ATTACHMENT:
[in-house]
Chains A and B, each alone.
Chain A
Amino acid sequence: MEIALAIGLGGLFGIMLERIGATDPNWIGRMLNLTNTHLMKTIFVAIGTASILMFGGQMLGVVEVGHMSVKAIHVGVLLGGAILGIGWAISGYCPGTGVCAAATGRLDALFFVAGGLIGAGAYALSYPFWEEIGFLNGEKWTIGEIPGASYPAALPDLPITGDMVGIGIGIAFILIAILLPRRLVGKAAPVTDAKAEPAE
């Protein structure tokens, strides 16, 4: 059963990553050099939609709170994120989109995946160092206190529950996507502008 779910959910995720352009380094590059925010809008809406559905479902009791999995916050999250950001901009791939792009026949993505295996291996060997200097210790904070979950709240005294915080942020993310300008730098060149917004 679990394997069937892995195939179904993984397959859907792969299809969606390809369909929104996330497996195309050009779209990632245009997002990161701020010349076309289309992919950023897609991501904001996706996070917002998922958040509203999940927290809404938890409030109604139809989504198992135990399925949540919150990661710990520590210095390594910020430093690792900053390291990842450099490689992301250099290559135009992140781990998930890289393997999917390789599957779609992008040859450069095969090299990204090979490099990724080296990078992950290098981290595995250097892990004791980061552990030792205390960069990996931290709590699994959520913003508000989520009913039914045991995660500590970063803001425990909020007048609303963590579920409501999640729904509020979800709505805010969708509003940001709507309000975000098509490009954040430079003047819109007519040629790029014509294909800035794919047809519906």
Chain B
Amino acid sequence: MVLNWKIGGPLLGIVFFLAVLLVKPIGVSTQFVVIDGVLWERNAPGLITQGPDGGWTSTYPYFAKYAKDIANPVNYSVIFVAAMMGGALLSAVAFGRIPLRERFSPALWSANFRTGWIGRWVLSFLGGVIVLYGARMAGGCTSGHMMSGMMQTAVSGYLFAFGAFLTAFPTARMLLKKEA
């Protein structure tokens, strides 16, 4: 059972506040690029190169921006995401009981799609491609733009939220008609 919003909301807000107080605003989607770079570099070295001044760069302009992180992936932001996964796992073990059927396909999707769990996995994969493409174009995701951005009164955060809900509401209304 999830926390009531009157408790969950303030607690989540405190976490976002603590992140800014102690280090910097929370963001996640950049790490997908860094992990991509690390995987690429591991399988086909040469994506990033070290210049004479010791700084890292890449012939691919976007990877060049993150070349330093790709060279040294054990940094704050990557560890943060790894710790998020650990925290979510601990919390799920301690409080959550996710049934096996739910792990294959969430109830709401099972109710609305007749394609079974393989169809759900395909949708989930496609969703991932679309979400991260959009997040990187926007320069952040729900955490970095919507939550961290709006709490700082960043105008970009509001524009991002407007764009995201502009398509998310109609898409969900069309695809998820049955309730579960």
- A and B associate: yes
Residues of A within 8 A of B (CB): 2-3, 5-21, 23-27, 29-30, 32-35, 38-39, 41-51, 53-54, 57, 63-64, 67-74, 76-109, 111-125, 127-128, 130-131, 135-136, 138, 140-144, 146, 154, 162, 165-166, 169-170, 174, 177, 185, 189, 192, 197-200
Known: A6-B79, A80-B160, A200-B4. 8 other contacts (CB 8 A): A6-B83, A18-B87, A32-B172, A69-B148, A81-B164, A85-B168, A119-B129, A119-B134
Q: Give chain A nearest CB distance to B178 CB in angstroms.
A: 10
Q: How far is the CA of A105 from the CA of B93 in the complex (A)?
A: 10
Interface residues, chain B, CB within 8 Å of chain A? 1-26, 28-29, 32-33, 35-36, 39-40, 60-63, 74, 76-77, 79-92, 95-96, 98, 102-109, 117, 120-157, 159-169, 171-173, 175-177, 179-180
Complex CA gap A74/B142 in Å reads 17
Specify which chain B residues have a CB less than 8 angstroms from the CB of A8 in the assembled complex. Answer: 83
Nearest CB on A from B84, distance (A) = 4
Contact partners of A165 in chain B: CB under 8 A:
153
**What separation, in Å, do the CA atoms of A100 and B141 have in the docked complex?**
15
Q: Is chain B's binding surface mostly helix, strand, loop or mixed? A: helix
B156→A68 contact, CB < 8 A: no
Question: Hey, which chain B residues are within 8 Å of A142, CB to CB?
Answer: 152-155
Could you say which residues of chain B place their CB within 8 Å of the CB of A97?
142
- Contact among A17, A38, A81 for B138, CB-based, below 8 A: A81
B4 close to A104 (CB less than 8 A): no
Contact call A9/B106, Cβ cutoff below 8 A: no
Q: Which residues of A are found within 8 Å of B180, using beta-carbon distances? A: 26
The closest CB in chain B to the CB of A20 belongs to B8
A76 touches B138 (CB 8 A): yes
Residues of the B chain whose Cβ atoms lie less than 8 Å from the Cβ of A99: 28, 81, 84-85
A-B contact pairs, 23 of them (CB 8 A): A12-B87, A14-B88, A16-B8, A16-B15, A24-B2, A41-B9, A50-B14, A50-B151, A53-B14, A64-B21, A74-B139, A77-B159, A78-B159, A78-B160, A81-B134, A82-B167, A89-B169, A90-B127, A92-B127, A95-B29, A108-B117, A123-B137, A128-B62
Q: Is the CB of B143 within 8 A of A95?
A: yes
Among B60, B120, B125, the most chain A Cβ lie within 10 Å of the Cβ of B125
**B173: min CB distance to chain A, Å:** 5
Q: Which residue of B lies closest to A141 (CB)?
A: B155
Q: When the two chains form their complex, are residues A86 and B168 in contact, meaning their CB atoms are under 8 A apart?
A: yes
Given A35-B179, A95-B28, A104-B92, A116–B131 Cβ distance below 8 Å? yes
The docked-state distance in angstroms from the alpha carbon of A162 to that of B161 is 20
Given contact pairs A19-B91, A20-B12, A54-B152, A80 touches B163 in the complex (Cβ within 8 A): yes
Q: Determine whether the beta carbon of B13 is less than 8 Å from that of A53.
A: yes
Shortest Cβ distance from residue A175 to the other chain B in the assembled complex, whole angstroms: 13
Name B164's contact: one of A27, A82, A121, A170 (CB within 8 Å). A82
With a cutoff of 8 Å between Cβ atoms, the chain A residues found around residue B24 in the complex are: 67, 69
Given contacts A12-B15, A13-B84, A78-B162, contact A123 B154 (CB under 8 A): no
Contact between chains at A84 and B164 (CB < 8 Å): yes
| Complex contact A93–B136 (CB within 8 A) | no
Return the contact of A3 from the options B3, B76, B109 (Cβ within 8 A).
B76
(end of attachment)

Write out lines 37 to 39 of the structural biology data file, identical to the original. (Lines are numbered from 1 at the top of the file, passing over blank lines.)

A-B contact pairs, 23 of them (CB 8 A): A12-B87, A14-B88, A16-B8, A16-B15, A24-B2, A41-B9, A50-B14, A50-B151, A53-B14, A64-B21, A74-B139, A77-B159, A78-B159, A78-B160, A81-B134, A82-B167, A89-B169, A90-B127, A92-B127, A95-B29, A108-B117, A123-B137, A128-B62
Q: Is the CB of B143 within 8 A of A95?
A: yes